When I first met Raqib Shaw, the Kashmiri pop painter who lives in London and recently opened a three-part show at Pace Gallery’s Chelsea spaces, he’d arrived 20 minutes late to the mid-block gallery, this after having pushed our meeting a half-hour later. When he did arrive, it was with a group of middle-aged women, who I assumed were collectors, along with Andrea Glimcher, Pace’s director of communications, who towered over him in heels. She’d brought her son with her, a small blond boy who shortly after arriving laid face down on the floor. “Oh, don’t mind him,” Ms. Glimcher said. “He thought he was going to the Natural History Museum today.” Read More
Lanky Martin Creed was standing on the first floor of Hauser & Wirth gallery on the Upper East Side, dressed in lightly paint-splattered, black pants that rose up just above the ankles and an ever-so-slightly mismatched navy shirt, his frizzy gray hair pulled into a ponytail and his face covered by glasses so large they looked like protective eyewear. He was laughing enormously about—something. With apologies to our brothers and sisters across the pond, his giggles were punctuated with bursts of indecipherable Scottish twang, made all the more difficult to discern by the presence of his parents, making use of their own heavy slurs. This was somehow appropriate, though, because “what is he trying to say” is a frequent starting point for the uninitiated in conversations about Mr. Creed.
Last Tuesday night, as the Museum of Modern Art’s glitzy annual film benefit was starting up on 53rd Street, British artist Isaac Julien was in Chelsea, dressed to the nines, pacing the floor of Metro Pictures gallery. The benefit was in honor of his longtime friend and artistic collaborator Tilda Swinton, but he wasn’t ready to leave—last-minute edits to his exhibition kept him striding everywhere but the door. Read More
A few years ago, the Chelsea art dealer Derek Eller and the publisher and curator Dan Nadel were discussing artists they loved when they landed on the name Karl Wirsum, a storied Chicago figure known for cartoon-like drawings and paintings. Mr. Wirsum had been making work for almost half a century and showed regularly in the Windy City, but he hadn’t had a New York exhibition in two decades. “How come we never see Karl Wirsum shows in New York?” they recall thinking.
And so they paid him a visit at his Chicago studio. “One day, I asked him if he had any sketchbooks,” Mr. Nadel told The Observer in early October, “and he started pulling out these mountains of books that had these incredible drawings in them.” They were filled with sketches for illustrations he did for Playboy and portraits of women and animals that mixed dashes of ancient and non-Western cultures, insects, vintage toys and Americana of every kind. Wild stuff. “With most people, you wouldn’t hide them away in sketchbooks,” Mr. Nadel laughed. Read More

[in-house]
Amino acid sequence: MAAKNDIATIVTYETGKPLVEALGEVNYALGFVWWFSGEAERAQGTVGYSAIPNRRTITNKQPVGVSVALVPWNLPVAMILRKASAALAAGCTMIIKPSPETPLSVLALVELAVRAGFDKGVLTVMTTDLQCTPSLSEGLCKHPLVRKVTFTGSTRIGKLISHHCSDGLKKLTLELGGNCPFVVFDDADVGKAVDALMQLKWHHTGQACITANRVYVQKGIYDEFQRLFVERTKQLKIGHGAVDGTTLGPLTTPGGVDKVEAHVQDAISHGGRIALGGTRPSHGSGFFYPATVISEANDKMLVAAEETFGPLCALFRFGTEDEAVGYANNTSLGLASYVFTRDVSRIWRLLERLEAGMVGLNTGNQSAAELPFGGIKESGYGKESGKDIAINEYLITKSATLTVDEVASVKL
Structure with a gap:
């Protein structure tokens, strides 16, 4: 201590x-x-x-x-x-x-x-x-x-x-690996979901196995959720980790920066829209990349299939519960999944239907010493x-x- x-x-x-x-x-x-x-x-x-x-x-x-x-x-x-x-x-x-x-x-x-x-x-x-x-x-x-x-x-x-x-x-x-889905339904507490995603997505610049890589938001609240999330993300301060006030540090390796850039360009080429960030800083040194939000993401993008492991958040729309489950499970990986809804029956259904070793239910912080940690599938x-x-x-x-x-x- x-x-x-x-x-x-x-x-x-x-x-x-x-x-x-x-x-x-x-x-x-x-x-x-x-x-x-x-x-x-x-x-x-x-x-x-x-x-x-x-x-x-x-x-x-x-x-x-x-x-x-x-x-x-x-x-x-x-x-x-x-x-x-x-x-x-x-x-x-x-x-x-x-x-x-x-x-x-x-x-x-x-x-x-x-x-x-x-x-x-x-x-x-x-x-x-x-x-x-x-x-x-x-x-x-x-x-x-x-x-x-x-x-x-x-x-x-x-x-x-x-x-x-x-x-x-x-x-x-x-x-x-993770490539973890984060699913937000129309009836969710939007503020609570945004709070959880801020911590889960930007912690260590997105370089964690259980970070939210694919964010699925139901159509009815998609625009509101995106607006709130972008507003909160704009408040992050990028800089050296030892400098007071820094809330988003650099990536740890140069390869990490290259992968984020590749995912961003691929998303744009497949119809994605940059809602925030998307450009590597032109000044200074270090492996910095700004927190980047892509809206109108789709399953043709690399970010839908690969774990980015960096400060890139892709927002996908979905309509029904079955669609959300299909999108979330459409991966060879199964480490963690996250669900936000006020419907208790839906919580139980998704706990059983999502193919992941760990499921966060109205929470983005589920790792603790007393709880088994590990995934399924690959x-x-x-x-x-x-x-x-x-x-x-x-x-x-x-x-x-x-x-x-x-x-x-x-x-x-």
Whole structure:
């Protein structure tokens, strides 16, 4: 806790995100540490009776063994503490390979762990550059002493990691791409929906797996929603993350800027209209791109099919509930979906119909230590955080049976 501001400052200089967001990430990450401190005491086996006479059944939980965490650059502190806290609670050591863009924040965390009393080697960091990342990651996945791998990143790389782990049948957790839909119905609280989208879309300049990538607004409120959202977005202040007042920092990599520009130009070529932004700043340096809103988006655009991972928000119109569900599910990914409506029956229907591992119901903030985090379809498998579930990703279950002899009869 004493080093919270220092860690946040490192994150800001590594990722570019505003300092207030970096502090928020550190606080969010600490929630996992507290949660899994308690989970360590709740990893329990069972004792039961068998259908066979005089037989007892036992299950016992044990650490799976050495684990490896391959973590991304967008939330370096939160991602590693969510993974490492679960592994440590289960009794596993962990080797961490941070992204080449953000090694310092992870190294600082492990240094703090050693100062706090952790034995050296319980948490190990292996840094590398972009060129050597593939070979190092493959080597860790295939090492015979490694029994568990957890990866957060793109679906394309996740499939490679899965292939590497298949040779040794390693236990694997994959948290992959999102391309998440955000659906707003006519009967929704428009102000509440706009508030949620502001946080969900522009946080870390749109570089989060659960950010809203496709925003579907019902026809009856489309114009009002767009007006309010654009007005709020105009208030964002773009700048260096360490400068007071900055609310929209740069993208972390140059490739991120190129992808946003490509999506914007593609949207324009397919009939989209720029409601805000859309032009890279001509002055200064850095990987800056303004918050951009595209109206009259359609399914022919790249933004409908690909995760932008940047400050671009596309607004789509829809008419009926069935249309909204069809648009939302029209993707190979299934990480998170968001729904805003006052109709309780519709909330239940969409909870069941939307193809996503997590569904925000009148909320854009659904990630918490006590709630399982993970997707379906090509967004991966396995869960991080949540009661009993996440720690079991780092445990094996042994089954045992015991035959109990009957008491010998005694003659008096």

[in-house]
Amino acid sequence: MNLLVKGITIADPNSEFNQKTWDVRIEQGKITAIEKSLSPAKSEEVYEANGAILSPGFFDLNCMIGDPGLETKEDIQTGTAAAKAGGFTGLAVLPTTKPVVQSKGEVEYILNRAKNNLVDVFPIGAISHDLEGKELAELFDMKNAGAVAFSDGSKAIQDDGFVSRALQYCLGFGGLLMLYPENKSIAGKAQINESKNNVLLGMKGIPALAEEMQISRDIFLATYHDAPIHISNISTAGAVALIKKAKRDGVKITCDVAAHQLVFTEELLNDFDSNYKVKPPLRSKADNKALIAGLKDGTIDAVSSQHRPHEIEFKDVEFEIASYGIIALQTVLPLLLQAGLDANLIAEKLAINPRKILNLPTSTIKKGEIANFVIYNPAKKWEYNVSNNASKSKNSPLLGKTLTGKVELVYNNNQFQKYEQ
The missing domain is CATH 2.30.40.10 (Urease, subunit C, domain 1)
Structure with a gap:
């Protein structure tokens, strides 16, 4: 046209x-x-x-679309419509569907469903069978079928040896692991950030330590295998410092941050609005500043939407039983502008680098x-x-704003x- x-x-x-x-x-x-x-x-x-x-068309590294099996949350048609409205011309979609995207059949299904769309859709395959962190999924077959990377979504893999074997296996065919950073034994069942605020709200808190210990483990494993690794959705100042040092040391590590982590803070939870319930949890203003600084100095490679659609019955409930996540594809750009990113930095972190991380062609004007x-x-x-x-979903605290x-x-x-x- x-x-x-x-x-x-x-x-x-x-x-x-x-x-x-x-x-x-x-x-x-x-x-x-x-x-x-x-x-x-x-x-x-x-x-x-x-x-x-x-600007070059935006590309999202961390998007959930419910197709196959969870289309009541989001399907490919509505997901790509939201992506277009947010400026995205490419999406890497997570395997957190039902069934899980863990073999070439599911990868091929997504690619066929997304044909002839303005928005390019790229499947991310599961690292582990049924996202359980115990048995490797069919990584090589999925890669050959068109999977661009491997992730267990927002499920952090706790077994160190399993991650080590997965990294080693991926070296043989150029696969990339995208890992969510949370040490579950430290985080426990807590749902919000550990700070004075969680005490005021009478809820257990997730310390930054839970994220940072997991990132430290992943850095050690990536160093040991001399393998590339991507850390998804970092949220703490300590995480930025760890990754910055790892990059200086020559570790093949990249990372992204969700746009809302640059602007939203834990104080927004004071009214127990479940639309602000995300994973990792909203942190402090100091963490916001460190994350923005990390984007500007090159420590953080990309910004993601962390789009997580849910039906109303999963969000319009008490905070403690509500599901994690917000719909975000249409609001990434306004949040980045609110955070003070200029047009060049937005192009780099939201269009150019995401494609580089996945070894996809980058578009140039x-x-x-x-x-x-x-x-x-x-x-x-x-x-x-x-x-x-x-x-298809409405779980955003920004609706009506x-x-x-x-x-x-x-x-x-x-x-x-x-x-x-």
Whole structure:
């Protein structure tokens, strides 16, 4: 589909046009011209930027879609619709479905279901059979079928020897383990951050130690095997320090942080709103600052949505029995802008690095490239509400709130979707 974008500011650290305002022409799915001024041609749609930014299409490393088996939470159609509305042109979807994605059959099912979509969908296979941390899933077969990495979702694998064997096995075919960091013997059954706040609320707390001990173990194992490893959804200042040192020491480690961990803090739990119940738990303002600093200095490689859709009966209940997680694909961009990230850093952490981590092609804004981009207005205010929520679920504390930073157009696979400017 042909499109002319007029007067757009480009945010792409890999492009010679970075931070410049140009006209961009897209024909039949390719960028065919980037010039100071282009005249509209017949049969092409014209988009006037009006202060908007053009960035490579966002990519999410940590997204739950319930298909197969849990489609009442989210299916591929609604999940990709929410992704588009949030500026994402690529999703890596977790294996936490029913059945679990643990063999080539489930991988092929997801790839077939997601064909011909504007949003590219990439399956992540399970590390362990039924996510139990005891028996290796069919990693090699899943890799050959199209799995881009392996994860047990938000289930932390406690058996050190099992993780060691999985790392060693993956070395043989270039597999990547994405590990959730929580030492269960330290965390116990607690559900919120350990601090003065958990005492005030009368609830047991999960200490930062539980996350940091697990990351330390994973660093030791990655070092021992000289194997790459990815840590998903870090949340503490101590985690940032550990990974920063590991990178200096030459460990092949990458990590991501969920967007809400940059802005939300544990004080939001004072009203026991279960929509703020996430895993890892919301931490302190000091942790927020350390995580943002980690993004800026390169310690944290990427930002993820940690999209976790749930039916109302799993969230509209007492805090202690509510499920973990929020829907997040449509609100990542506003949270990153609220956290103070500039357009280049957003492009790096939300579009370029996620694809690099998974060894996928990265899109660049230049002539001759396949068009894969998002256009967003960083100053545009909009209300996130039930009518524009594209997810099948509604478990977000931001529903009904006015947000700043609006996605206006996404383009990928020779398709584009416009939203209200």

The British sculptor Sir Anthony Caro died of a heart attack on Wednesday in London. He was 89. Through his work and his teaching, Caro influenced an astounding number of artists over many decades, including a few one might not at first expect. Read More
‘In Search of Vanished Blood’: Nalini Malani on Her Career, the Indian Art World and Bringing Her Documenta 13 Piece to New York
A year after its debut at Documenta 13, in Kassel, Germany, Indian artist Nalini Malani’s haunting sculpture and video installation, In Search of Vanished Blood, has arrived at Galerie Lelong. The shadow play, as the artist terms her ambitious multimedia pieces, consists of five painted mylar cylinders that rotate like Buddhist prayer wheels, projecting a diaphanous web of imagery onto the surrounding walls. Cassandra, the Greek mythological prophetess who is condemned to see the future but never be believed, takes center stage in the work, embodied in a young woman on whose face sign-language symbols flicker like warnings. It’s painfully beautiful, suggesting the sort of dream that would shake you awake with horror and awe. Read More
One day the artist Chris Burden was poking around eBay, looking at meteorites. “I was buying little ones and stuff, and all of a sudden I see this one, the biggest meteorite I had ever seen for sale,” he told me earlier this month at the New Museum, the day after a retrospective of more than 40 years of his art opened there. “And there was free shipping, you know?” He paused. “What, a 400-pound meteorite? Free shipping? I’ve never seen one that big. So I bought the meteorite with no idea what I was going to do with it whatsoever, and then I started thinking.” Read More
My name is Joshua Smith. I live in New York and I make monochrome paintings. Recently a number of people have asked my opinion of a new show from a painter about a decade older than I am, Josh Smith, whose new exhibition at Luhring Augustine happens to incorporate a lot of monochrome paintings.
I first learned of Smith when I was a 20-year-old photo student visiting PS1 on a date about 10 years ago. I stumbled upon the work, something like six drawings with his name scrawled lyrically across the paper: JOSH SMITH, which is also my name. Of course it’s a common name but it was still a treat. For super-specific reasons it made me feel part of the work, in the way I feel about Wolfgang Tillmans or Felix Gonzalez-Torres, artists whose own biographies are beautifully incorporated into the content and messaging of their work. Read More
Easily the best known South African artist working today, William Kentridge is once again having a moment in New York. Read More